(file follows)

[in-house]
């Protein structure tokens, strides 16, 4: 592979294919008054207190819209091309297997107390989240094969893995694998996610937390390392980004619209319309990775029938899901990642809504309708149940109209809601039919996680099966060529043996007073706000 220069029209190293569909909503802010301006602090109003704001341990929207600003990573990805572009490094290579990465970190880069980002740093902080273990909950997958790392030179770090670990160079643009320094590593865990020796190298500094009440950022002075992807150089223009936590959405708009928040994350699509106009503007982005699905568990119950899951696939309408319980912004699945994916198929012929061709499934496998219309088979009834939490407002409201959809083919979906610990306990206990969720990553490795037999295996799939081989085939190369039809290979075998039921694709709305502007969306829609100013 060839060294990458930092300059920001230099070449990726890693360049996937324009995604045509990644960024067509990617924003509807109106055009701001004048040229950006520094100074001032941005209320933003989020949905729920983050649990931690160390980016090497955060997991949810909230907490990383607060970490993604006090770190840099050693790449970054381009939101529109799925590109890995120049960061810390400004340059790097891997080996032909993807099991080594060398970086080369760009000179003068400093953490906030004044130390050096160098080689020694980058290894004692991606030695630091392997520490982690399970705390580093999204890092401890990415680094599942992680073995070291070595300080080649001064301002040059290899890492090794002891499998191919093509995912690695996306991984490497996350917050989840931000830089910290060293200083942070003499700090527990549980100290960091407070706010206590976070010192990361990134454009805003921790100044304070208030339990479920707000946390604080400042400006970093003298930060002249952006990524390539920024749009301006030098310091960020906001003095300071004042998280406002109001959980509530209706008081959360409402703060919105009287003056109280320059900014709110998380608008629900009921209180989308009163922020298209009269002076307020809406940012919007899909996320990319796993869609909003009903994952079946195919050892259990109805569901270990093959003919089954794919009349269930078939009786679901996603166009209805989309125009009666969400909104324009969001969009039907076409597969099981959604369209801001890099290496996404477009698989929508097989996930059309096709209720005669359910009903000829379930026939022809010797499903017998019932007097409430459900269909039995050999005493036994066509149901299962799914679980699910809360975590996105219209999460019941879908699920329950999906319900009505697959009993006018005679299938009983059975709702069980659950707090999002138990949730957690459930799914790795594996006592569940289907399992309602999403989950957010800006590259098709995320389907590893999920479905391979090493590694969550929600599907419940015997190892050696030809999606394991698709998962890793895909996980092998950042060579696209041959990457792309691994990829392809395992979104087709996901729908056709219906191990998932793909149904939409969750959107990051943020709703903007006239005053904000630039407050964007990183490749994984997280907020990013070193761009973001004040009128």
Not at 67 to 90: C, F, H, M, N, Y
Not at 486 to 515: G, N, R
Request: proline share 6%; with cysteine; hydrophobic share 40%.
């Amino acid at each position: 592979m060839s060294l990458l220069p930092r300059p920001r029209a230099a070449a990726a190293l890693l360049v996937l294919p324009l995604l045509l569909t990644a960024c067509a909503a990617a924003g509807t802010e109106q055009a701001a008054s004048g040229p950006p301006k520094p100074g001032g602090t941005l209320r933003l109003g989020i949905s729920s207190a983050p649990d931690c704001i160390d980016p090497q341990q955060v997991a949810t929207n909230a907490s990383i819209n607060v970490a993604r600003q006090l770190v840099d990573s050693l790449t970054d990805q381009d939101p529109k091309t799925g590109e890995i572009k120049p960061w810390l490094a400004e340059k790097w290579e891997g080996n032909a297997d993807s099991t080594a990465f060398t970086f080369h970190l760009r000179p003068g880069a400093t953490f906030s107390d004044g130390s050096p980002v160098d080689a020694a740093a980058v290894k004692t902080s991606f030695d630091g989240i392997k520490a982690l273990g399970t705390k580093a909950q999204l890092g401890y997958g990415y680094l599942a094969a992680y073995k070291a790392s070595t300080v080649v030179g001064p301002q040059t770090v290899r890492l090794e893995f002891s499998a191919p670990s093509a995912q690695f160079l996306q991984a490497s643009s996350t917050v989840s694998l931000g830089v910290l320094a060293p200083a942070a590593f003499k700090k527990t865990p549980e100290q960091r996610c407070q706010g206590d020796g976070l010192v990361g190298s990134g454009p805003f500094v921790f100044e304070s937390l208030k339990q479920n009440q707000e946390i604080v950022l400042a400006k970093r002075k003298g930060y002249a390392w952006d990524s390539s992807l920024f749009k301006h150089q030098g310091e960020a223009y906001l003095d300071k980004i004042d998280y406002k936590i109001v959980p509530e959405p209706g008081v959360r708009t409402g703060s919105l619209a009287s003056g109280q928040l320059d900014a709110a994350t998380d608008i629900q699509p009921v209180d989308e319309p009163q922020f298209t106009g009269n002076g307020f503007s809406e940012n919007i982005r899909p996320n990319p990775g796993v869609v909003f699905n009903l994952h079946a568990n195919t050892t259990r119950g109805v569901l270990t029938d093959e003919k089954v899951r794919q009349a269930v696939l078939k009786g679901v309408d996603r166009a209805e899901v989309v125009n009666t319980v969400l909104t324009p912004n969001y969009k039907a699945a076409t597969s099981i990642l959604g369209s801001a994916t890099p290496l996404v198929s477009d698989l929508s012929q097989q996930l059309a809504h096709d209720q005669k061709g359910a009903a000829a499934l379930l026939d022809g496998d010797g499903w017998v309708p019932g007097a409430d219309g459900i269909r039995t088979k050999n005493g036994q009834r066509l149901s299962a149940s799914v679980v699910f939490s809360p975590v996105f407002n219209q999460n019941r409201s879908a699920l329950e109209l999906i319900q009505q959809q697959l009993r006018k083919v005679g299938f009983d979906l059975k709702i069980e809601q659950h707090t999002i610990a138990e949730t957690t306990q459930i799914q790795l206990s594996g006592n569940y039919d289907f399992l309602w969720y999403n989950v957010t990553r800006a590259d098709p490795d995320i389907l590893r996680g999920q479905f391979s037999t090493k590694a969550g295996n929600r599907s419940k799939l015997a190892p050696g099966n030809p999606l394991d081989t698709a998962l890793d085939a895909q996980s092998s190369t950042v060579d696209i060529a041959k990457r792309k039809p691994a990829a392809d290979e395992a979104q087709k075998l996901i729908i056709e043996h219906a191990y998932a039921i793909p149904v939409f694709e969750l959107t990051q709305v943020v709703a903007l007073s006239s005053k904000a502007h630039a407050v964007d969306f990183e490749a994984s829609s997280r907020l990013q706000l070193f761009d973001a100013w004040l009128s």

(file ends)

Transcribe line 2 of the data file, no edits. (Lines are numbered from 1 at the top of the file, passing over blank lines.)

């Protein structure tokens, strides 16, 4: 592979294919008054207190819209091309297997107390989240094969893995694998996610937390390392980004619209319309990775029938899901990642809504309708149940109209809601039919996680099966060529043996007073706000 220069029209190293569909909503802010301006602090109003704001341990929207600003990573990805572009490094290579990465970190880069980002740093902080273990909950997958790392030179770090670990160079643009320094590593865990020796190298500094009440950022002075992807150089223009936590959405708009928040994350699509106009503007982005699905568990119950899951696939309408319980912004699945994916198929012929061709499934496998219309088979009834939490407002409201959809083919979906610990306990206990969720990553490795037999295996799939081989085939190369039809290979075998039921694709709305502007969306829609100013 060839060294990458930092300059920001230099070449990726890693360049996937324009995604045509990644960024067509990617924003509807109106055009701001004048040229950006520094100074001032941005209320933003989020949905729920983050649990931690160390980016090497955060997991949810909230907490990383607060970490993604006090770190840099050693790449970054381009939101529109799925590109890995120049960061810390400004340059790097891997080996032909993807099991080594060398970086080369760009000179003068400093953490906030004044130390050096160098080689020694980058290894004692991606030695630091392997520490982690399970705390580093999204890092401890990415680094599942992680073995070291070595300080080649001064301002040059290899890492090794002891499998191919093509995912690695996306991984490497996350917050989840931000830089910290060293200083942070003499700090527990549980100290960091407070706010206590976070010192990361990134454009805003921790100044304070208030339990479920707000946390604080400042400006970093003298930060002249952006990524390539920024749009301006030098310091960020906001003095300071004042998280406002109001959980509530209706008081959360409402703060919105009287003056109280320059900014709110998380608008629900009921209180989308009163922020298209009269002076307020809406940012919007899909996320990319796993869609909003009903994952079946195919050892259990109805569901270990093959003919089954794919009349269930078939009786679901996603166009209805989309125009009666969400909104324009969001969009039907076409597969099981959604369209801001890099290496996404477009698989929508097989996930059309096709209720005669359910009903000829379930026939022809010797499903017998019932007097409430459900269909039995050999005493036994066509149901299962799914679980699910809360975590996105219209999460019941879908699920329950999906319900009505697959009993006018005679299938009983059975709702069980659950707090999002138990949730957690459930799914790795594996006592569940289907399992309602999403989950957010800006590259098709995320389907590893999920479905391979090493590694969550929600599907419940015997190892050696030809999606394991698709998962890793895909996980092998950042060579696209041959990457792309691994990829392809395992979104087709996901729908056709219906191990998932793909149904939409969750959107990051943020709703903007006239005053904000630039407050964007990183490749994984997280907020990013070193761009973001004040009128």